Richard Attenborough will scare the bejesus out of you in "Brighton Rock. " Screening this week in a new print at the Charles, this film from 1947 comes off as cutting-edge as the Millennium thrillers. That's not just because the antihero's favorite weapon is a straight razor. The film brings metaphoric dimensions to mob tensions that rival those in Martin Scorsese's "Mean Streets. " And director John Boulting captures a rarely seen England — brash and vulgar — that's at once seedy and fresh.
NEWS
By Michael Sragow | May 20, 2007
THE THIRD MAN -- The Criterion Collection / $39.95. SANSHO THE BAILIFF --The Criterion Collection / $39.95. Definitive is a word that critics should delete from their vocabulary. But on Tuesday the Criterion Collection releases two great films in DVD editions that must be called definitive for their luster, excitement and completeness. And the movies are magnificent. Filmed on location in the partitioned Vienna of 1949, Carol Reed's The Third Man (with a script by Graham Greene) tells a thrillingly complex and volatile story of the pain and humor involved in the getting of wisdom, especially in the explosive middle of the 20th century.
NEWS
August 6, 2004
Gloria Emerson, 75, a former correspondent for The New York Times who reported from Vietnam in the early 1970s and was known for writing about the personal impact of war on soldiers and civilians, was found dead at her Manhattan apartment Wednesday, according to her physician. She suffered from Parkinson's disease. While the cause of death awaited a medical examiner's ruling, friends said she had planned her own death and carried it out Tuesday, after leaving notes that indicated she intended suicide and comments meant for her obituary.
TOPIC
By Tom Bowman and Tom Bowman,SUN STAFF | February 17, 2002
"This was a land of rebellious barons. It was like Europe in the Middle Ages. But what were the Americans doing here?"- Graham Greene in The Quiet American Graham Greene was writing of Vietnam in the mid-1950s as America was poised for its heartbreaking journey into the jungles. But he could have been referring to Afghanistan, with its own rebellious barons and intrigue and potential to ensnare a great power. The United States impressively toppled the Taliban regime in Afghanistan within three months, scattered the al-Qaida terrorist network and helped to install a new interim government.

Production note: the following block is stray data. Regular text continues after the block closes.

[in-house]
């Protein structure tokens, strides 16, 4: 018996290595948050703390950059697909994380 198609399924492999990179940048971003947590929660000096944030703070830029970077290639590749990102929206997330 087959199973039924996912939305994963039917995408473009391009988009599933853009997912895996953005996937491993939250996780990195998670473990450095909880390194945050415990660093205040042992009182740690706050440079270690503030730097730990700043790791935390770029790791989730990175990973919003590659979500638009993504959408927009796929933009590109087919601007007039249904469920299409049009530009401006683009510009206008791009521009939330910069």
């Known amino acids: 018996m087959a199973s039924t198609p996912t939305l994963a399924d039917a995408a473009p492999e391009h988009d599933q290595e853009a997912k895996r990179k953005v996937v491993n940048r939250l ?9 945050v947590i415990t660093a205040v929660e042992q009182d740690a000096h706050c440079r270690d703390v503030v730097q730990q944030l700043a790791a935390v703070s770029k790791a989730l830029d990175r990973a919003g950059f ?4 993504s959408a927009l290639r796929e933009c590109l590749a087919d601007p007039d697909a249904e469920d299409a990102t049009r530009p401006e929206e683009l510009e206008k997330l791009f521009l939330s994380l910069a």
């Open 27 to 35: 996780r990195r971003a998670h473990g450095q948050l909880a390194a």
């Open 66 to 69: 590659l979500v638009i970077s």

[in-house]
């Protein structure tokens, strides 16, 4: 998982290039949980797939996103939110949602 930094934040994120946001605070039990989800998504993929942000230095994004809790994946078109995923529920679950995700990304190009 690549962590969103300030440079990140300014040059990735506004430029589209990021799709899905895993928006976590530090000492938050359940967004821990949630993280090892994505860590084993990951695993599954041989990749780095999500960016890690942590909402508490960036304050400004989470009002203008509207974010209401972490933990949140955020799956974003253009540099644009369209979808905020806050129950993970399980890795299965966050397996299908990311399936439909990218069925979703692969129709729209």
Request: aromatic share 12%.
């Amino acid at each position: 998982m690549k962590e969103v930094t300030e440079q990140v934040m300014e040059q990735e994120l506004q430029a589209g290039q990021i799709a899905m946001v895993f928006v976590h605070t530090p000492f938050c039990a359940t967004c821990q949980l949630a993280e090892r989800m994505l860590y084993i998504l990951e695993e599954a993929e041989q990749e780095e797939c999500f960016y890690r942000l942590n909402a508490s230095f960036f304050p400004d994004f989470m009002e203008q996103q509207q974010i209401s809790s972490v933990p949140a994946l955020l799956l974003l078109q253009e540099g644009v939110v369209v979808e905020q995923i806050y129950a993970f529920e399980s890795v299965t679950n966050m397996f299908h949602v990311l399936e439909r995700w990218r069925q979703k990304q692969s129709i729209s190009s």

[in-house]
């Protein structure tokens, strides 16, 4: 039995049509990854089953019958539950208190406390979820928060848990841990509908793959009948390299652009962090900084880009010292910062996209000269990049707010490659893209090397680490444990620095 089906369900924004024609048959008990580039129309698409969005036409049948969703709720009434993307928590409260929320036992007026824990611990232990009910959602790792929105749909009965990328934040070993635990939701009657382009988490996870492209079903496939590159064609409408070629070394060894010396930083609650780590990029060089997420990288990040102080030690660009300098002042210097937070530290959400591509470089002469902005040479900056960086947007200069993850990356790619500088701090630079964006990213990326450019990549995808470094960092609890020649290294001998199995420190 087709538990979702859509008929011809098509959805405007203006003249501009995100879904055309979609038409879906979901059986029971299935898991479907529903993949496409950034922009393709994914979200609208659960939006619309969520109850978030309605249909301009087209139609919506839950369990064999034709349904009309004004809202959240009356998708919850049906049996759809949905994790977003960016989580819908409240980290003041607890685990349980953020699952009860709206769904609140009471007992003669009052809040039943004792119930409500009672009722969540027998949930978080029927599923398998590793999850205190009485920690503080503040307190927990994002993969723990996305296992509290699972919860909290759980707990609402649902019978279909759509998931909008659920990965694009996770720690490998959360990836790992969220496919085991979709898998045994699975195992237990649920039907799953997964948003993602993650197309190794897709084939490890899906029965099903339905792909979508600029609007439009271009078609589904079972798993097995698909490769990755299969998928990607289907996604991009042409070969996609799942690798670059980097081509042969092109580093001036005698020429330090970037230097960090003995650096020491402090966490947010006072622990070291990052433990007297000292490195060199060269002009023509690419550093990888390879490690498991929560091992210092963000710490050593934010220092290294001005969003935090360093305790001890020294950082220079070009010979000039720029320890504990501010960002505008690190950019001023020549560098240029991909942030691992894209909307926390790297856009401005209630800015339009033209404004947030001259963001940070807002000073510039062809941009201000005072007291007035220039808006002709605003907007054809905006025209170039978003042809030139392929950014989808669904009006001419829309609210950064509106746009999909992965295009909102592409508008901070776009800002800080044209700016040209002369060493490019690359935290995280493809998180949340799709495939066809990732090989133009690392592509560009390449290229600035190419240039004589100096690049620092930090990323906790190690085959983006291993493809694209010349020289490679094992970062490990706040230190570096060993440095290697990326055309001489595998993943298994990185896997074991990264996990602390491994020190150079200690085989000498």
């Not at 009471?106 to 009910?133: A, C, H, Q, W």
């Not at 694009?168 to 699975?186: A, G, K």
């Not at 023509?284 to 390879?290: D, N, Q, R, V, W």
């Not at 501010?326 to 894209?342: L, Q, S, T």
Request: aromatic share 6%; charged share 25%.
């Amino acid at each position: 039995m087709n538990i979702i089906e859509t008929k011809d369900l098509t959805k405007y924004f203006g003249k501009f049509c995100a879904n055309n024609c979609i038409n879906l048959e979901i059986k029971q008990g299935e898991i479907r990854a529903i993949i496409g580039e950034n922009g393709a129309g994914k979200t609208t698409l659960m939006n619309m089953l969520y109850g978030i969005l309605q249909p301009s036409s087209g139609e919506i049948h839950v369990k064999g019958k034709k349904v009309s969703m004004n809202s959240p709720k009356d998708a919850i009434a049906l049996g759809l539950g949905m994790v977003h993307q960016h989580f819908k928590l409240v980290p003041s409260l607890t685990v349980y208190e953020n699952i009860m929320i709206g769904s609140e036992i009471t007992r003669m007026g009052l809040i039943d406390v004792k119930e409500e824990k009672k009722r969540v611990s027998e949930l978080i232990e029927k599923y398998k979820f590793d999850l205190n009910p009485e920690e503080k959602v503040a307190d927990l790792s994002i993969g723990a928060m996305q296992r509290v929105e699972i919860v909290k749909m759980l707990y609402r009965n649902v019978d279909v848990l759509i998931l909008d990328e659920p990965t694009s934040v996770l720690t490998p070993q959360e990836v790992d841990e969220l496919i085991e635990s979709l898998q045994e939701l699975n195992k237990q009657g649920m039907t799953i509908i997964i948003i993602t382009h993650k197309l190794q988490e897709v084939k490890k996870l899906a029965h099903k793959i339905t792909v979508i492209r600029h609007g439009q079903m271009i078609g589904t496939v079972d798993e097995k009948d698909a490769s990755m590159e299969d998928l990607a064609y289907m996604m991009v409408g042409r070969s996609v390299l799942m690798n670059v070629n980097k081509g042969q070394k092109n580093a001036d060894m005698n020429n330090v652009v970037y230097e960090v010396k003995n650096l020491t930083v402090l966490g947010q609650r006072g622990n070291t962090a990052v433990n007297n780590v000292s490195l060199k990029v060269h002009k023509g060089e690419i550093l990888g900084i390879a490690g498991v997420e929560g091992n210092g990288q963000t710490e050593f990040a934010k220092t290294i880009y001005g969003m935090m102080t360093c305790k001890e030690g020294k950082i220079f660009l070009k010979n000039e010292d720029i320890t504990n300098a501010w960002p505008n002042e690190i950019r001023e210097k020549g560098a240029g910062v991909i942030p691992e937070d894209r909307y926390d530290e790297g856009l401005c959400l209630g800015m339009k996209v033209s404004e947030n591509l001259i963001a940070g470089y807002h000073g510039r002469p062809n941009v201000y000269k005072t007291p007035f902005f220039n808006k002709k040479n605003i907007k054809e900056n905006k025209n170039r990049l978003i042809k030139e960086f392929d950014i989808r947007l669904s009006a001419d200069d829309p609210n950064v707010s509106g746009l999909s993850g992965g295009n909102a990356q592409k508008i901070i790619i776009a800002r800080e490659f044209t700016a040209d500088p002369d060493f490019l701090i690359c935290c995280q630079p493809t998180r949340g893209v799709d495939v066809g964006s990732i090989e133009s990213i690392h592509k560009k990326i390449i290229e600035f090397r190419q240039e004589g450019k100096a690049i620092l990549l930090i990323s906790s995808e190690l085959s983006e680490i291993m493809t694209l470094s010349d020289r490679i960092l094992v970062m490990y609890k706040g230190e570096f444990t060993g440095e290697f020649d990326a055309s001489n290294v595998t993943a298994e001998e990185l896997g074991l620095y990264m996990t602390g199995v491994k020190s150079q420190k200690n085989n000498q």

NEWS
By Eric A. Weinberger | December 24, 2001
CAMBRIDGE, Mass. - One wonders how many people, when they heard of the death of a young CIA officer in a prison revolt in Afghanistan, then saw his blunt-jawed photograph in their newspaper, thought of Pyle from The Quiet American, Graham Greene's novel of Vietnam in the 1950s, before the deluge. Pyle too was a company man, and earnest; "with his crew-cut and his wide campus gaze, he seemed incapable of harm." One is speculating, of course, about Johnny Michael Spann, 32, of Winfield, Ala., who might well have been tougher and more seasoned and not so easily led or out of his depth as poor, murdered Pyle.
NEWS
By Sam Allis and Sam Allis,BOSTON GLOBE | April 17, 1999
BOSTON -- Kim Philby was the most devastating Soviet mole ever to penetrate the British secret service. Graham Greene was one of the century's great novelists and an iconoclast. Together, they forged a complicated friendship that lasted half a century and flummoxed the rest of the world.When Philby was exposed as a double agent in 1963, Greene earned the opprobrium of their native England by publicly defending Philby's treason. Greene maintained that Philby merely followed a higher morality than country -- his belief in communism.